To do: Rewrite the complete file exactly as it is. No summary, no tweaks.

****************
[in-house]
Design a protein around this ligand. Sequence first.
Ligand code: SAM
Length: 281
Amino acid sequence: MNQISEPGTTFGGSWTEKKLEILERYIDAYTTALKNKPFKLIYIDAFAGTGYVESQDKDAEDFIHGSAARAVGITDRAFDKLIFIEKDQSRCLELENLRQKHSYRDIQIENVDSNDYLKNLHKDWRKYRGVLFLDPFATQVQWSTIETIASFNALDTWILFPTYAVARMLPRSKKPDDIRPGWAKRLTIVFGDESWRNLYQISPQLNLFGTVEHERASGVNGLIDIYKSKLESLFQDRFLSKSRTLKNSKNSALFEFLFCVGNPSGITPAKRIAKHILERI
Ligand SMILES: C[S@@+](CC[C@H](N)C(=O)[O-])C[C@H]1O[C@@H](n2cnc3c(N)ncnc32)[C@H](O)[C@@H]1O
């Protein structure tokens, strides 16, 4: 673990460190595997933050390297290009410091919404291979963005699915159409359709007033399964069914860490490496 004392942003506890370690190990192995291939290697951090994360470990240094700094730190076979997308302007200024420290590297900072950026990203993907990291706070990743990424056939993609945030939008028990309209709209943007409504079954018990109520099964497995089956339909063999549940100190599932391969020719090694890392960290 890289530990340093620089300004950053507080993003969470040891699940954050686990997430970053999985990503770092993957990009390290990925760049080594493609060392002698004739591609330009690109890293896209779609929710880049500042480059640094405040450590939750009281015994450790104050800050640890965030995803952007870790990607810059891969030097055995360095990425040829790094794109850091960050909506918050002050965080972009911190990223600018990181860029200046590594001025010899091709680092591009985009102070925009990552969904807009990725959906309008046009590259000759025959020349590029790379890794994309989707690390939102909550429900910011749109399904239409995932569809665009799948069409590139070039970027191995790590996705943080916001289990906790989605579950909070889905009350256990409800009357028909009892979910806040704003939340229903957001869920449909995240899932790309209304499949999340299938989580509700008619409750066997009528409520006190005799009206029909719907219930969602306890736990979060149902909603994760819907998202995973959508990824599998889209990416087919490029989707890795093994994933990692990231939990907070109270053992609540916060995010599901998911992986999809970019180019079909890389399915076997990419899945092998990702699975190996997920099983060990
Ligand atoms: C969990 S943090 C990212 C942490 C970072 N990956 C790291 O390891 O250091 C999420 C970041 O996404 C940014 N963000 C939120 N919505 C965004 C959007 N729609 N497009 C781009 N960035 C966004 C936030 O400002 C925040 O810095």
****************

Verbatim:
[in-house]
Design a protein around this ligand. Sequence first.
Ligand code: SAM
Length: 281
Amino acid sequence: MNQISEPGTTFGGSWTEKKLEILERYIDAYTTALKNKPFKLIYIDAFAGTGYVESQDKDAEDFIHGSAARAVGITDRAFDKLIFIEKDQSRCLELENLRQKHSYRDIQIENVDSNDYLKNLHKDWRKYRGVLFLDPFATQVQWSTIETIASFNALDTWILFPTYAVARMLPRSKKPDDIRPGWAKRLTIVFGDESWRNLYQISPQLNLFGTVEHERASGVNGLIDIYKSKLESLFQDRFLSKSRTLKNSKNSALFEFLFCVGNPSGITPAKRIAKHILERI
Ligand SMILES: C[S@@+](CC[C@H](N)C(=O)[O-])C[C@H]1O[C@@H](n2cnc3c(N)ncnc32)[C@H](O)[C@@H]1O
């Protein structure tokens, strides 16, 4: 673990460190595997933050390297290009410091919404291979963005699915159409359709007033399964069914860490490496 004392942003506890370690190990192995291939290697951090994360470990240094700094730190076979997308302007200024420290590297900072950026990203993907990291706070990743990424056939993609945030939008028990309209709209943007409504079954018990109520099964497995089956339909063999549940100190599932391969020719090694890392960290 890289530990340093620089300004950053507080993003969470040891699940954050686990997430970053999985990503770092993957990009390290990925760049080594493609060392002698004739591609330009690109890293896209779609929710880049500042480059640094405040450590939750009281015994450790104050800050640890965030995803952007870790990607810059891969030097055995360095990425040829790094794109850091960050909506918050002050965080972009911190990223600018990181860029200046590594001025010899091709680092591009985009102070925009990552969904807009990725959906309008046009590259000759025959020349590029790379890794994309989707690390939102909550429900910011749109399904239409995932569809665009799948069409590139070039970027191995790590996705943080916001289990906790989605579950909070889905009350256990409800009357028909009892979910806040704003939340229903957001869920449909995240899932790309209304499949999340299938989580509700008619409750066997009528409520006190005799009206029909719907219930969602306890736990979060149902909603994760819907998202995973959508990824599998889209990416087919490029989707890795093994994933990692990231939990907070109270053992609540916060995010599901998911992986999809970019180019079909890389399915076997990419899945092998990702699975190996997920099983060990
Ligand atoms: C969990 S943090 C990212 C942490 C970072 N990956 C790291 O390891 O250091 C999420 C970041 O996404 C940014 N963000 C939120 N919505 C965004 C959007 N729609 N497009 C781009 N960035 C966004 C936030 O400002 C925040 O810095």